What results do Thailand need to advance in World Cup Qualifying?

As four giants of Southeast Asian football converge on the UAE this week, Thailand’s chance of advancing to the third round of World Cup qualifying are on a knife edge. Fans are expecting the War Elephants to emulate the feat they achieved four years ago, but their tally of eight points from their five games thus far means they will have to be at their absolute best to get through.

The unspoken consensus suggests that the War Elephants are targeting two wins and a draw from their games against Indonesia, Malaysia and the UAE. In this article, I look at whether or not those results will be enough for Thailand to make it to the next round by examining three different scenarios depending on results elsewhere.

Cr. FIFA.com

Three different tables below explore each of the different scenarios depending on the results of games in which Thailand is not involved. I assume that Thailand’s two wins come against Indonesia and Malaysia and their draw comes against the hosts UAE since the latter represents the hardest match on paper. Therefore, Thailand’s results are held constant and they are predicted to end the campaign with 15 points.

The figures below explain each of the scenarios in detail. Each row represents the points collected by the team stated in the left column, and the numbers across the top row represent the number of games played. Since every team except the UAE has already played five games, that column is left blank.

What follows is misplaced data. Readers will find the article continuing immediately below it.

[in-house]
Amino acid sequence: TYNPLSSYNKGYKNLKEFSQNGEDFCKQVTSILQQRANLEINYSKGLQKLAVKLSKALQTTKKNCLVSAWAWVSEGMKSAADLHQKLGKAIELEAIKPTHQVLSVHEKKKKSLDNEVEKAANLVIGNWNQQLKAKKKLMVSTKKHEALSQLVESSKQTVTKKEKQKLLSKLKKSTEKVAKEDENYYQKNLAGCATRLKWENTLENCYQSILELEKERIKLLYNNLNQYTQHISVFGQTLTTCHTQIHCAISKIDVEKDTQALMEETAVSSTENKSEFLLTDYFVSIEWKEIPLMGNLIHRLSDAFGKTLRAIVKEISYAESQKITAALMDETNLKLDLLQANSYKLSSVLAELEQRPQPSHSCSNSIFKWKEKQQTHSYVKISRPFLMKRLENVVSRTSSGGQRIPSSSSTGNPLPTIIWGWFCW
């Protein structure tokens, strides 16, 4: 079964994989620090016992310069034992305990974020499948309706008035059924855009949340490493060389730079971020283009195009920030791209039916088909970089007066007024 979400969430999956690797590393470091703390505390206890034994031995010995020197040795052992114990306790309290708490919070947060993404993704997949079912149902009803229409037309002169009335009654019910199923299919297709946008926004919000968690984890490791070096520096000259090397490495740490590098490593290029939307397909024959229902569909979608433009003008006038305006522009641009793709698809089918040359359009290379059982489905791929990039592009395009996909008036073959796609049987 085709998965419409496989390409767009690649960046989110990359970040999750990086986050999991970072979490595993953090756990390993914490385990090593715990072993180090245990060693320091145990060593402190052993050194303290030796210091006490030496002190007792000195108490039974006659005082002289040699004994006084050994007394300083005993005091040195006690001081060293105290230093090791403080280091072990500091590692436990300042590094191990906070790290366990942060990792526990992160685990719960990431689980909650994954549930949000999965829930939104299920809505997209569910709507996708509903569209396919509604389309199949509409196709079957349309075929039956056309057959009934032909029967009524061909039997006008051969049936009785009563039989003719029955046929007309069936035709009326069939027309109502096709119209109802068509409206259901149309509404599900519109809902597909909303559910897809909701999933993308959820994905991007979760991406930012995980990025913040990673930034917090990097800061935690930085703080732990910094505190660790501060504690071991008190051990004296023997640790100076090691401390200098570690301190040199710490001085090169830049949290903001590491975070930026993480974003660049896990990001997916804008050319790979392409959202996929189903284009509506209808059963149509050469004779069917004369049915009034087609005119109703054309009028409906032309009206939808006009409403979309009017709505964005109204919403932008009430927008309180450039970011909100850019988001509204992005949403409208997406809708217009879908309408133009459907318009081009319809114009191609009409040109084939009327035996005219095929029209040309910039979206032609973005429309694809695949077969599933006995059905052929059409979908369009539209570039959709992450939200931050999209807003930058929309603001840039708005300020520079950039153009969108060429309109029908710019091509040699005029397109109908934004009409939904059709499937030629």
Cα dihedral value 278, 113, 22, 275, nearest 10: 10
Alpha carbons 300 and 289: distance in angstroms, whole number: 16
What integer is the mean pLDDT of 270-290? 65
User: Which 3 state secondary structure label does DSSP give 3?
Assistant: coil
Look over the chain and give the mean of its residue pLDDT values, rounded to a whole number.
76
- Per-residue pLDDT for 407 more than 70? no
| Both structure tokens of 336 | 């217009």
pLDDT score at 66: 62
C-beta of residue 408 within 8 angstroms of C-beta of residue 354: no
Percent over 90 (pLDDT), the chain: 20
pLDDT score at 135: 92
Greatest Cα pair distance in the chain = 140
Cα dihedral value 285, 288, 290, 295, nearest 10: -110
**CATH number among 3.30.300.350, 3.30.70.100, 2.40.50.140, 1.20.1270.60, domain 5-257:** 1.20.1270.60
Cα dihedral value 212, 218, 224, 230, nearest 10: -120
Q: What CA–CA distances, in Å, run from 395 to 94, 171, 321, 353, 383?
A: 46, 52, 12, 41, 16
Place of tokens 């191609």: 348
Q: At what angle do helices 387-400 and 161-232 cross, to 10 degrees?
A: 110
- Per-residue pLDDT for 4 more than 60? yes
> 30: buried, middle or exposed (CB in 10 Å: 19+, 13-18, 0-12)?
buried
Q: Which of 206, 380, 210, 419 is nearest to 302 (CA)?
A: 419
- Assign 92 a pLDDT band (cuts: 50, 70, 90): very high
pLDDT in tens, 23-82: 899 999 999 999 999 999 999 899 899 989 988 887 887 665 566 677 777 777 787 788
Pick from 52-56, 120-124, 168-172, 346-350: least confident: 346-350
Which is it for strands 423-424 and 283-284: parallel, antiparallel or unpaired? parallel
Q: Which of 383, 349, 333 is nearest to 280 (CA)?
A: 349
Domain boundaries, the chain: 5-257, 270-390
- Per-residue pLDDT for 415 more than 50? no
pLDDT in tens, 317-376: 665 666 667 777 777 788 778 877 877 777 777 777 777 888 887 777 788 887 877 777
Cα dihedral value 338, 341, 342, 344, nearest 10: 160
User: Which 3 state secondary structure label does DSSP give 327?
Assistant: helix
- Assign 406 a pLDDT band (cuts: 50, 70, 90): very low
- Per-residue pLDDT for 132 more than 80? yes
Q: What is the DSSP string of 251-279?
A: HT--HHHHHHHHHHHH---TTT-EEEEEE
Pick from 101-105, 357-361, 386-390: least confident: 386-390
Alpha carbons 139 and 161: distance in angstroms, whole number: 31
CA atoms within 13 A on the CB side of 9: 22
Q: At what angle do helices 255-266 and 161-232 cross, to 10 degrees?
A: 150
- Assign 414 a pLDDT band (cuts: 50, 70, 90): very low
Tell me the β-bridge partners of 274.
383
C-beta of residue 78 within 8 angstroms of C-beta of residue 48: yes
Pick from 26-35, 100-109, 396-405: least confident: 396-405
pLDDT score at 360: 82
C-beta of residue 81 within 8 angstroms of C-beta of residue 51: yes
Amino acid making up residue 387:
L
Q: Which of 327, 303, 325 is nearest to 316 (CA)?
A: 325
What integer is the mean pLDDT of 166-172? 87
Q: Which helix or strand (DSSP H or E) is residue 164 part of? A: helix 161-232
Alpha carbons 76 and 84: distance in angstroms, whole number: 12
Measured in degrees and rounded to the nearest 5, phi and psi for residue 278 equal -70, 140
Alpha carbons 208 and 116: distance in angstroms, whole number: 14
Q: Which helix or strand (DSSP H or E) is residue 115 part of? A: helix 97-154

Figure 1 – Best Case Scenario (assuming Thailand earn 2 wins and 1 draw)

Figure 1 above represents the best possible scenario for Thailand, in which they can still top their group with two wins and a draw, though it is important to stress that this is extremely unlikely. In fact, it relies on all of the remaining games Thailand is not involved in (five in total) ending in draws. This ‘dream’ scenario could be made even better if Indonesia takes full points against either Vietnam or the UAE while other results stay the same, but either way Thailand would still come out on top.

Figure 2 – Likely/Optimistic Scenario (assuming Thailand earn 2 wins and 1 draw)

Figure 2 represents a potentially likely scenario, with a couple of slightly optimistic results thrown in, which would still see Thailand finish in the top two. Firstly, it is crucial that Malaysia and UAE draw their match; either side taking full points from that encounter would be a troubling scenario for Thailand. Indonesia are expected to lose all of their remaining games here, compounded by the fact that they have picked a very inexperienced team for the upcoming matches. However, they have arguably shown enough to deserve at least a few points from this group – as long as they don’t come against the War Elephants, and they do pick up would be a big help for Thailand. Vietnam being held to a draw by Malaysia is also beneficial since it prevents them from becoming complacent in their final game and potentially allowing the UAE to overtake Thailand.

Figure 3 – Worst Case Scenario (assuming Thailand earn 2 wins and 1 draw)